1. Thanks for the information. I just updated my laptop to Windows 8.1 and boy am I sorry. I hate Studio 6 and I hate Win8 even more. Now Studio 4.18 crashes all over the place. It appears the UAC is a primary issue and upon entry into the debugger the hole studio fails. I’m trying VMWare Player in an attempt to get my beloved 4.18 back.

  2. If one uses the latest avr-gcc toolchain available from Atmel, then AVR Studio 4 crashes when trying to load the .elf file. To fix this change the debug flags for avr-gcc to \”-gdwarf-2 -gstrict-dwarf\”. Then one can load and debug programs under AVR Studio 4 as normal.

  3. hey there im using winavr tool chain with 4.19 AVR studio. I added the tool chain way you tell it. but even after that im getting an error message when comes to making a .elf filecan you please please help?

    1. It may be the paths are wrong for the version of WinAVR you are using and it still can’t find compiler and make file. Check the install path to WinAVR on your PC is C:\WinAVR-20100110 and not a different version number.nnWhat error message exactly are you getting?

  4. Can the chip ATMEGA8535 be replaced by ATMEGA16?ATMEGA8535 is pin cmpiatoble with Atmega16 but has less features.main differences are that ATMEGA8535 has 8k flash, 512b RAM, 512b EEPROM while ATMEGA16 has 16k flash, 1k RAM, 512b EEPROM. Atmega16 has different boot-loader area where page size is 64 words instead of 16. No read write section starts at 0x1C00 instead of 0xC00.Interrupt vectors uses 2byte addresses instead of 1. They have two different fuse bits I think this shouldn’t affect.According to this I would say that probably moving from Atmega8535 to Atmega16 should work.Read more about commutability

    1. ATmega8535 is much older and hasn’t got on-chip debug so it can’t be emulated with ICE tools like AVR Dragon. ATmega8535 projects can be easily modified to work with ATmega16 as fuses are very similar. C projects might give grief with ISR names but they are easy to change and as you say ISR table in assembler needs slight modification. ATmega16 are also cheaper.

    1. Not really. You could use a commandline version of avrasm assembler or GCC compiler with an external editor but you lose all the benefits of an integrated development environment just to get a slightly better editor. After all, AVRStudio was developed to integrate all the tools in one platform so you would be going backwards. I suppose you could write the code in another editor and paste it in but it seems a lot of effort for not much gain.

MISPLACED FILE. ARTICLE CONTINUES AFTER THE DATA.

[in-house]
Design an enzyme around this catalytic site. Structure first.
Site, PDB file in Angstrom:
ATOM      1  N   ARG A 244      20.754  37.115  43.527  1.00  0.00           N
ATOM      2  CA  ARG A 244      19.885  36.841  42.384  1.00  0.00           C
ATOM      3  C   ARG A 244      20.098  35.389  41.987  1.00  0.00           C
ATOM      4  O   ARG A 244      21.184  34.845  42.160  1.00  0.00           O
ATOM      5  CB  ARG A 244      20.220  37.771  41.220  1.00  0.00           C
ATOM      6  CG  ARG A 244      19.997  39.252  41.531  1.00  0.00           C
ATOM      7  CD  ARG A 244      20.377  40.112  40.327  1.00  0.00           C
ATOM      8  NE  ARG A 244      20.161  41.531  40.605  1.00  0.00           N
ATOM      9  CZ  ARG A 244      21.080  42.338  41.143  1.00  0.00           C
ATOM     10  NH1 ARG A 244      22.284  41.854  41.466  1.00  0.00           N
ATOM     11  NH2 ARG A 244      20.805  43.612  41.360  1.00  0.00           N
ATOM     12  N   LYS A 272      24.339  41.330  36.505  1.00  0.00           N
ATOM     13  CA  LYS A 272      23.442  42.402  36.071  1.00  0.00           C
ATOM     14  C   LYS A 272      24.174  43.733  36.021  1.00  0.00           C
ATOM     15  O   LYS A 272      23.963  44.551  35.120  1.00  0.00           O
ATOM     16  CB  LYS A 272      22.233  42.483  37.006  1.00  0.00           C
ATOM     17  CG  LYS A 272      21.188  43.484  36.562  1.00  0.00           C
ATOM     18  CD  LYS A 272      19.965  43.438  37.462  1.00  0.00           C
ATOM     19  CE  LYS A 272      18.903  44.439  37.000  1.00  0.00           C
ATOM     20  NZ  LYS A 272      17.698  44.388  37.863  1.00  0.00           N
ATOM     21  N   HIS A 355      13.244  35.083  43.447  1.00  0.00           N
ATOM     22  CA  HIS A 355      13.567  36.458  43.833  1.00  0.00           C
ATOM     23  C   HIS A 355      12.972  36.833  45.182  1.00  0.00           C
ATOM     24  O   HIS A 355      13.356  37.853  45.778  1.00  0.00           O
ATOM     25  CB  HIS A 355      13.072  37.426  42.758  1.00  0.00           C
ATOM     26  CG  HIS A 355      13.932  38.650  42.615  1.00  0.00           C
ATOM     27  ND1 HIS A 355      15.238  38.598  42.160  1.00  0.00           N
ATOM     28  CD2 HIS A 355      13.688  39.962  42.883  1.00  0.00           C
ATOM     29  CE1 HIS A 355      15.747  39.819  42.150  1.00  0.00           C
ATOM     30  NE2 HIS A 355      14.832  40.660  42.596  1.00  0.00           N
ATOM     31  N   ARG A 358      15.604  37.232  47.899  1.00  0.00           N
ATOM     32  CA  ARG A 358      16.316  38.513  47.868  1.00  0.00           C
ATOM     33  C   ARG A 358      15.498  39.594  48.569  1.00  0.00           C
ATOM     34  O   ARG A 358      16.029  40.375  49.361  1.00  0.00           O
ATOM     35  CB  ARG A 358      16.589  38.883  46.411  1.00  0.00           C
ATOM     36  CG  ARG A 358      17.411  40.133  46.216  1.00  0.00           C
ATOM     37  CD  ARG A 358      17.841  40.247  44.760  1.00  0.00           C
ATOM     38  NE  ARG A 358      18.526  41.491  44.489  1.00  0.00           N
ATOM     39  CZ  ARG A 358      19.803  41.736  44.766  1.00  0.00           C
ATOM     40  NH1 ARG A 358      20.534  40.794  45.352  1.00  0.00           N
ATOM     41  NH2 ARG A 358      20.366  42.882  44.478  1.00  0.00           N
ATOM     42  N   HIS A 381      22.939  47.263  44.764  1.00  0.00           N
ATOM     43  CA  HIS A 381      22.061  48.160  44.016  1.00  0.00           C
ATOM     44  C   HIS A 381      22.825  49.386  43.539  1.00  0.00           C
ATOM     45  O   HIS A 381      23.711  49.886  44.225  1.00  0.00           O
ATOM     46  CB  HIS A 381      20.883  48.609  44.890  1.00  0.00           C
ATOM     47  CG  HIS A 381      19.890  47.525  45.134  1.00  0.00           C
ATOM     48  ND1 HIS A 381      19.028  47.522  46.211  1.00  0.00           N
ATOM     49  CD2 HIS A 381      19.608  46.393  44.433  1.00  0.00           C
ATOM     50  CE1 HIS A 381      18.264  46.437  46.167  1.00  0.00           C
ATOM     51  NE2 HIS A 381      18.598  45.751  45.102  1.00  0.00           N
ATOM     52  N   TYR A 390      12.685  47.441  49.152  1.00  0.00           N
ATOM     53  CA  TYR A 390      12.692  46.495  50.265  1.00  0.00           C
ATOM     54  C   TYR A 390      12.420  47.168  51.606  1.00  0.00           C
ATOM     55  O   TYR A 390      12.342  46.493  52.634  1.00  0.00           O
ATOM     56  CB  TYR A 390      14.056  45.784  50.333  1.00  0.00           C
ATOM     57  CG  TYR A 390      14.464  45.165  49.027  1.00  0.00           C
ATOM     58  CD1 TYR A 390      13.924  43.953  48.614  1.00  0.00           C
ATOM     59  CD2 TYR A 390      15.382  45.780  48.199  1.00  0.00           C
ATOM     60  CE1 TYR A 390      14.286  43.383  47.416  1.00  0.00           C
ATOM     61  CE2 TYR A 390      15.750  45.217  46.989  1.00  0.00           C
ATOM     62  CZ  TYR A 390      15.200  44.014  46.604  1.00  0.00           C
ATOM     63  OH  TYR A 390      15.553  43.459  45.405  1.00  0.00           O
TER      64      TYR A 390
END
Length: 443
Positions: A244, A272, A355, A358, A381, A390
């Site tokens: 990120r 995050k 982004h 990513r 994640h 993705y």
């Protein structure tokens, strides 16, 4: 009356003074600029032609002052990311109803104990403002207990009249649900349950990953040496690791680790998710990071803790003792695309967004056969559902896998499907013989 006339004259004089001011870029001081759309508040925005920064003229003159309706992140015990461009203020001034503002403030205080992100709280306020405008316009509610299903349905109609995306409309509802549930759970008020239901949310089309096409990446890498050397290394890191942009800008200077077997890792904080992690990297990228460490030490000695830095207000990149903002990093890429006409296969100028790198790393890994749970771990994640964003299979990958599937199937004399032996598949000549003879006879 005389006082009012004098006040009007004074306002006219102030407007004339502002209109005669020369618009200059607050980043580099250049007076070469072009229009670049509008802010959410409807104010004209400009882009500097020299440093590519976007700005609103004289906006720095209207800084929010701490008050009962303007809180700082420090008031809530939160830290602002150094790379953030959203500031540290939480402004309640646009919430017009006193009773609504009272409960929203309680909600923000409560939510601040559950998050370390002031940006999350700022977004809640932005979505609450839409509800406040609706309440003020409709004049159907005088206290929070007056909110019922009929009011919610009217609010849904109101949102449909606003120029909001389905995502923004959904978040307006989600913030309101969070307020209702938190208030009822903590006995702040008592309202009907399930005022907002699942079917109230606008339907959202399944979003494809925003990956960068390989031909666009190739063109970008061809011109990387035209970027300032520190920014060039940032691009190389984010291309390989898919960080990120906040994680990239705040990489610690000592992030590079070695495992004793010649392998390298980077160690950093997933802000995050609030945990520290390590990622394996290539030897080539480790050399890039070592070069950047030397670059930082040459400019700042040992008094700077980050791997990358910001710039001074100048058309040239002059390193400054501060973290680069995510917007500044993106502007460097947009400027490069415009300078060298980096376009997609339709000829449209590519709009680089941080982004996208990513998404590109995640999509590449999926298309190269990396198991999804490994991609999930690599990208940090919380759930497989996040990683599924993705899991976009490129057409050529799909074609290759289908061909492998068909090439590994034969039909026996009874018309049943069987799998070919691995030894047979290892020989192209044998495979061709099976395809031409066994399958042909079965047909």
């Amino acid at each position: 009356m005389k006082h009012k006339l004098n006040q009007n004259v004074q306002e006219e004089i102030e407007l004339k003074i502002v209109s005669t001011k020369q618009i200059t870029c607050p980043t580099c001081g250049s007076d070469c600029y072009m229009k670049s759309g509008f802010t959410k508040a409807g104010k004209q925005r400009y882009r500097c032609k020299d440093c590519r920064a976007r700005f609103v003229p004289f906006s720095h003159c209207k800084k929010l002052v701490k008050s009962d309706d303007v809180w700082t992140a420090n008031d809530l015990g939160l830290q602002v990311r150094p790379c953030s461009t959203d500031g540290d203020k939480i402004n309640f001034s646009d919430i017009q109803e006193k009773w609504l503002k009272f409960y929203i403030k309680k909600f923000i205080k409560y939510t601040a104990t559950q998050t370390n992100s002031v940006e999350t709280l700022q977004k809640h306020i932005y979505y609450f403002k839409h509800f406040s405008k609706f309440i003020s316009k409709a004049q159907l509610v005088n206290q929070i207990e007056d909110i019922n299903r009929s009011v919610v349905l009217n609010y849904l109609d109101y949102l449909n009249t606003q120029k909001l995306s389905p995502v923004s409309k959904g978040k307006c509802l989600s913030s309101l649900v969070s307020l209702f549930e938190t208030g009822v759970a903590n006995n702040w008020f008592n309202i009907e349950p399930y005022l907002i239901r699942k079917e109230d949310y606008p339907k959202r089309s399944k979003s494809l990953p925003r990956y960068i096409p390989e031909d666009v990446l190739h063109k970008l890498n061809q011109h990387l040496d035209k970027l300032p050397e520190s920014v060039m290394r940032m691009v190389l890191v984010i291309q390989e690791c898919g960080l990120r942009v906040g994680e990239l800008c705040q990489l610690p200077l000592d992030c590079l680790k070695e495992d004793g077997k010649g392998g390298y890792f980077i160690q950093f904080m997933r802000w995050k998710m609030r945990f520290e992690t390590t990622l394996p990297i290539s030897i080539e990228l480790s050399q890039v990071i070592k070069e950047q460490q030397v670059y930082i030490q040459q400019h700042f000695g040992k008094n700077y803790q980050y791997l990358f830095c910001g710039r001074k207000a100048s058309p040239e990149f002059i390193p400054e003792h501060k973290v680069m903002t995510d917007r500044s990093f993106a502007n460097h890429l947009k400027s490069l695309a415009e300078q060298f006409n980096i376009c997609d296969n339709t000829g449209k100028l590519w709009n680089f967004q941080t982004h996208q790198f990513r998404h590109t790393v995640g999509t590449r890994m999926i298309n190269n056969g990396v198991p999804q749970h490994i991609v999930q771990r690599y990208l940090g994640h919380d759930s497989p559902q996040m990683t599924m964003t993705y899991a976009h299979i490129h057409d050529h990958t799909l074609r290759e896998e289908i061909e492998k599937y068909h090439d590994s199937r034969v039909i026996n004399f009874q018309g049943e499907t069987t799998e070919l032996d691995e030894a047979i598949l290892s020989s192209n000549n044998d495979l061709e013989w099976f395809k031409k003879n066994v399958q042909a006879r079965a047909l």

I find the editor in AVRStudio is ok, with syntax highlighting and reasonable tabbing – what do you find so bad about it?

      1. 1. No auto indent/auto unindent after ‘{‘, ‘}’, ‘for, while etc.
        2. No ‘Match Braces’ what is absolutely necessary
        3. Highlighting looks ugly (compare to ConTEXT for the example)
        4. No line numbering
        5. Not configurable (just a few options)

        1. The post was about AVRStudio. It does have weaknesses as you describe but it is free. WinAVR C compiler is also not as good as IAR but you get what you pay for. You could use the AVR plugin for Eclipse if you prefer.

  5. I need to use AVR studio with an ATtiny 441 , but my current Studio 4 does not have it listed, is there a way to add it to Studio 4 or do I have to upgrade to Studio 6? ….but then I can’t use my Jtag ICE clone for other AVR devices….I suppose I COULD install both AVR Studio 4 AND 6 on one PC? ….

    1. I do have both AVRStudio 4.19 and AtmelStudio6 on my PC and they don’t interfere with each other, so I can use both. Version 6 takes ages to load so I still use version 4 most of the time. The ATtiny441 isn’t even supported in the last release of 6.1 and you need to download a package to add it to Studio 6, ATtiny441-841 Package for Studio 6.1.

      As they haven’t even managed to add these devices to Studio 6 properly, I can’t see them adding it to AVRStudio 4 any time soon.

  6. Just spent 2 days trying to install ver 7 and that was after 4 days of trying to get Win 10 to work on my ‘new’ laptop. Needless to say that what ever I could get to run was still far slower than my old XP and Studio4.

    Thank goodness for Mac reflect. It images my drive (and it includes Ubuntu) and I now do this before I install any new software. That way if it crashes I can recover in 10 minutes. It will work on a WD Passport external drive.

    Bottom line is I have reverted to Win7 and AVRStudio 4 for the new laptop.

    I too had problems with 19 so I stuck with 18.

    As time goes on, Ubuntu is looking better and better.


  7. Microchip are aiming to eliminate the Atmel brand and their latest move is to rename Atmel Studio 7 as Microchip Studio 7.

    Having looked at it, this is the only real change and code and examples written for Atmel Studio will work fine in Microchip Studio. Solutions and Projects are identical.

    The only difference is new download links and having to search for Microchip Studio not Atmel Studio.